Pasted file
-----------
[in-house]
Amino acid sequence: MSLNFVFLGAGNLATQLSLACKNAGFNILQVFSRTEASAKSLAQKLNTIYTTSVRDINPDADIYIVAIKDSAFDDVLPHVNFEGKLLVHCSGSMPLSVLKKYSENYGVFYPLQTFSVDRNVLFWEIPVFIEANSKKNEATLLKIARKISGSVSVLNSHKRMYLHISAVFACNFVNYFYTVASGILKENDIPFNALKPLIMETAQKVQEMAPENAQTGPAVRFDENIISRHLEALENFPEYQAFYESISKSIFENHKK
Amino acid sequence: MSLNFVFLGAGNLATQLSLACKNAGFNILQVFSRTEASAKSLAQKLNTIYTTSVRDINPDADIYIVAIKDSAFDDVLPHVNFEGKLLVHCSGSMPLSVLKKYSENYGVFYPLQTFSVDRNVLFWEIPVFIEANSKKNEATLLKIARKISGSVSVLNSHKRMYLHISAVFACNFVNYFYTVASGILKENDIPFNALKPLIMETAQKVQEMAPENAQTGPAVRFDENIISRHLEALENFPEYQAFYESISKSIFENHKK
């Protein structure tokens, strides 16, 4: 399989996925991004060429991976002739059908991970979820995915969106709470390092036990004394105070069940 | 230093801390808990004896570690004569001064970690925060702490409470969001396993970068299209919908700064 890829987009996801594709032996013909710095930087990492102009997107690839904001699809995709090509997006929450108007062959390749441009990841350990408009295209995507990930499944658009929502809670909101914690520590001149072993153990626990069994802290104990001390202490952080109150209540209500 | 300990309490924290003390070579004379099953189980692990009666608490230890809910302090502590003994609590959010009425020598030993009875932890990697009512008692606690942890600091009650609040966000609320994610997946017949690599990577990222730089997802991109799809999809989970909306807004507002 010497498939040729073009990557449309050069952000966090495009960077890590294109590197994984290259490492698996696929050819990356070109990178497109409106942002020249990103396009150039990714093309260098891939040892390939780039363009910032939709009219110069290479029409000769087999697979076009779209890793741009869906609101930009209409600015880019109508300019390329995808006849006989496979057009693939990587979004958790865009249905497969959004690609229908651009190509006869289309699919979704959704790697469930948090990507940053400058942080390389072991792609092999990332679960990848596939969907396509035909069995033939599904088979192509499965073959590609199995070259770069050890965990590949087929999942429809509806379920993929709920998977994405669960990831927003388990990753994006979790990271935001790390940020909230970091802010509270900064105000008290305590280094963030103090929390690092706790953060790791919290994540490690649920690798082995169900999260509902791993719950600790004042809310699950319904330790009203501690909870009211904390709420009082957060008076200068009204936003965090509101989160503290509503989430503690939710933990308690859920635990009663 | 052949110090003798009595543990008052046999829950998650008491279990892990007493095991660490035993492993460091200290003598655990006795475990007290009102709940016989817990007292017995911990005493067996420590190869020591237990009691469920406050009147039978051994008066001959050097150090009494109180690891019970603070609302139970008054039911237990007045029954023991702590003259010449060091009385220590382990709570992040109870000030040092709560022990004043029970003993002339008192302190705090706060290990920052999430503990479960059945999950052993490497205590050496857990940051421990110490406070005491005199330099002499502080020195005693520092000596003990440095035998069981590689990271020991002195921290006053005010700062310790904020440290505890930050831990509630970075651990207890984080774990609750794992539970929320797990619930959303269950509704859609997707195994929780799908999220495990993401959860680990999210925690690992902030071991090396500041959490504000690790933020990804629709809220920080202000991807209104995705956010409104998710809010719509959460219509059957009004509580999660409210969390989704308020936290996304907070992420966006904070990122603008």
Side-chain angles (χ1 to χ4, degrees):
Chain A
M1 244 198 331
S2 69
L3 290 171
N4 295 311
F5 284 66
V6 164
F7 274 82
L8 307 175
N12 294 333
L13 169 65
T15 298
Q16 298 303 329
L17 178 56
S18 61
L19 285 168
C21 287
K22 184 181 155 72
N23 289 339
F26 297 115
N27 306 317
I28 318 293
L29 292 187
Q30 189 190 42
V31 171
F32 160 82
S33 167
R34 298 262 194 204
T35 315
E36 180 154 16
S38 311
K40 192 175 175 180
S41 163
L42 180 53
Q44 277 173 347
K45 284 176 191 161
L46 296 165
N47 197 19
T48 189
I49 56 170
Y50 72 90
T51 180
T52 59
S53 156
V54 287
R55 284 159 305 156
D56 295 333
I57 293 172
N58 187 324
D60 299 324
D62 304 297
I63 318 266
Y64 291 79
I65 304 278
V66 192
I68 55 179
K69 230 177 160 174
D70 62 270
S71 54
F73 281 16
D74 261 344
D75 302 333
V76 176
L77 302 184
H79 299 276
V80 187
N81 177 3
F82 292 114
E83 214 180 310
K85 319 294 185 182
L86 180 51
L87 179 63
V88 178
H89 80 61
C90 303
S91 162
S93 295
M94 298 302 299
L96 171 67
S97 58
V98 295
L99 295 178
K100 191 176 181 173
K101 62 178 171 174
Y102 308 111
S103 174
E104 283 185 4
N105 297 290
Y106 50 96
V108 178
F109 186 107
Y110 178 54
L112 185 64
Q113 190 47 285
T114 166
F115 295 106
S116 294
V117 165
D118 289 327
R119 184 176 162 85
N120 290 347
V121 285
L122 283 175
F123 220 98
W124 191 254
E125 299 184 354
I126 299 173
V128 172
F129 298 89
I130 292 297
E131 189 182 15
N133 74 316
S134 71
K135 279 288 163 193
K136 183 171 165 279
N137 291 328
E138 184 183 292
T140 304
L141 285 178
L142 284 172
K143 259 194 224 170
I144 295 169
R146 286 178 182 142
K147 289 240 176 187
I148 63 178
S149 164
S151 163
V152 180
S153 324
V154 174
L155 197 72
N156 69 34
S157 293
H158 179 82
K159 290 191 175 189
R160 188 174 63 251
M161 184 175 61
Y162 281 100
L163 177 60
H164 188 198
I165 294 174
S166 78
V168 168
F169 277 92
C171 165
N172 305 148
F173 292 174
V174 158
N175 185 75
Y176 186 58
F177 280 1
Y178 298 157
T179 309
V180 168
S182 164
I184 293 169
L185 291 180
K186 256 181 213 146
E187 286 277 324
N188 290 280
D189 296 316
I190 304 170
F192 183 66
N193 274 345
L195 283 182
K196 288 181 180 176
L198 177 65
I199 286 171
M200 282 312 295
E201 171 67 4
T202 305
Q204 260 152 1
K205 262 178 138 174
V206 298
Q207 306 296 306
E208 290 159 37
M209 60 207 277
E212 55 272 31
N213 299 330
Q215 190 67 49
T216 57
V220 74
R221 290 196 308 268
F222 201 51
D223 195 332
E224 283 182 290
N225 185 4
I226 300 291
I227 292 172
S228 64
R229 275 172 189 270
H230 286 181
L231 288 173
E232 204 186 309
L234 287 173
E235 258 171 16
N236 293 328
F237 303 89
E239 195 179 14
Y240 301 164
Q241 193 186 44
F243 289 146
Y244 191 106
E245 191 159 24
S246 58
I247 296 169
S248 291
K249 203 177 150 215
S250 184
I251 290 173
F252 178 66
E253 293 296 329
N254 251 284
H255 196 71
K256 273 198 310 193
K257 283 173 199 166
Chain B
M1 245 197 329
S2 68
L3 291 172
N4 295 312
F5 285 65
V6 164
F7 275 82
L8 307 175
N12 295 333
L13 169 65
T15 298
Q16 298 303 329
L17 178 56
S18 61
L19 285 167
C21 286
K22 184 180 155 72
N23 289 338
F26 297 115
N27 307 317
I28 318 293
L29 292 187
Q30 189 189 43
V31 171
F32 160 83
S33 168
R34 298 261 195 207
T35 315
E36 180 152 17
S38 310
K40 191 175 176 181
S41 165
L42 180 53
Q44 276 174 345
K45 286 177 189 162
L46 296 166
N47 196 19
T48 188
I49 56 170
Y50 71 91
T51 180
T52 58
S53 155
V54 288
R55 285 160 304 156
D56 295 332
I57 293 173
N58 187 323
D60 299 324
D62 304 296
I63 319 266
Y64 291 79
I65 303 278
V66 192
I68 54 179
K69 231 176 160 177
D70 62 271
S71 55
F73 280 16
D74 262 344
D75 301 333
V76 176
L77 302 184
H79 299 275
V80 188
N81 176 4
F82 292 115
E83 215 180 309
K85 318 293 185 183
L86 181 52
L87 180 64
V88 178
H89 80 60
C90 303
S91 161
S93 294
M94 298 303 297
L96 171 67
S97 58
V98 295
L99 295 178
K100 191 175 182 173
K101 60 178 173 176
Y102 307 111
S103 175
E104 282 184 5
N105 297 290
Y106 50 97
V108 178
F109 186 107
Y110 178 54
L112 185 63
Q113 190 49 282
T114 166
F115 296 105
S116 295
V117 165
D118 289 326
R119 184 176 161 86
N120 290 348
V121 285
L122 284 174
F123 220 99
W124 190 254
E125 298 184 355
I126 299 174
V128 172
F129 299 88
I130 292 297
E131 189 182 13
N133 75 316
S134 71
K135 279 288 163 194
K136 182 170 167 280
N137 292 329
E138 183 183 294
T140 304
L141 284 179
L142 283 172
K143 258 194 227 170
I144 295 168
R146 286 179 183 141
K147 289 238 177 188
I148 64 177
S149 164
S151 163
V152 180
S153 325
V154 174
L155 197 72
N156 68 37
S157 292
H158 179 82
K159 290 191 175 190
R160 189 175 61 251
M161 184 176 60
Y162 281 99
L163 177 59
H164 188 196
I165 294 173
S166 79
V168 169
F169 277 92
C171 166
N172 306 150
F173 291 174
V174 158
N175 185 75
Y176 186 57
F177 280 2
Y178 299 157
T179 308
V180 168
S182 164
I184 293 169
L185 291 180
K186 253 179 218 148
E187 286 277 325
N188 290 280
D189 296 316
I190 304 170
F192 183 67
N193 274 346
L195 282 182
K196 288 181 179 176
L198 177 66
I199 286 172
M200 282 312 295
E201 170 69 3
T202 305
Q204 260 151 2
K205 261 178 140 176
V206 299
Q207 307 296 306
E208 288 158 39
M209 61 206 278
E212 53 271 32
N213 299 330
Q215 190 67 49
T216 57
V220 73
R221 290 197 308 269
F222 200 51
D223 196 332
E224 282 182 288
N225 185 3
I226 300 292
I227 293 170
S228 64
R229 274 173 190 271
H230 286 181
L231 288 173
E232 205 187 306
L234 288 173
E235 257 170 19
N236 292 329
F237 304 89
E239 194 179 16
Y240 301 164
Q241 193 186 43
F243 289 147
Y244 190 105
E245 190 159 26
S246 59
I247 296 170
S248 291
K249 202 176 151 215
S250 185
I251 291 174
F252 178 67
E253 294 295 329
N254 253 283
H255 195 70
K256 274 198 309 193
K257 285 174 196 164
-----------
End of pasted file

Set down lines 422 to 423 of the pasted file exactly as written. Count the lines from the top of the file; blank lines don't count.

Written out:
Q241 193 186 43
F243 289 147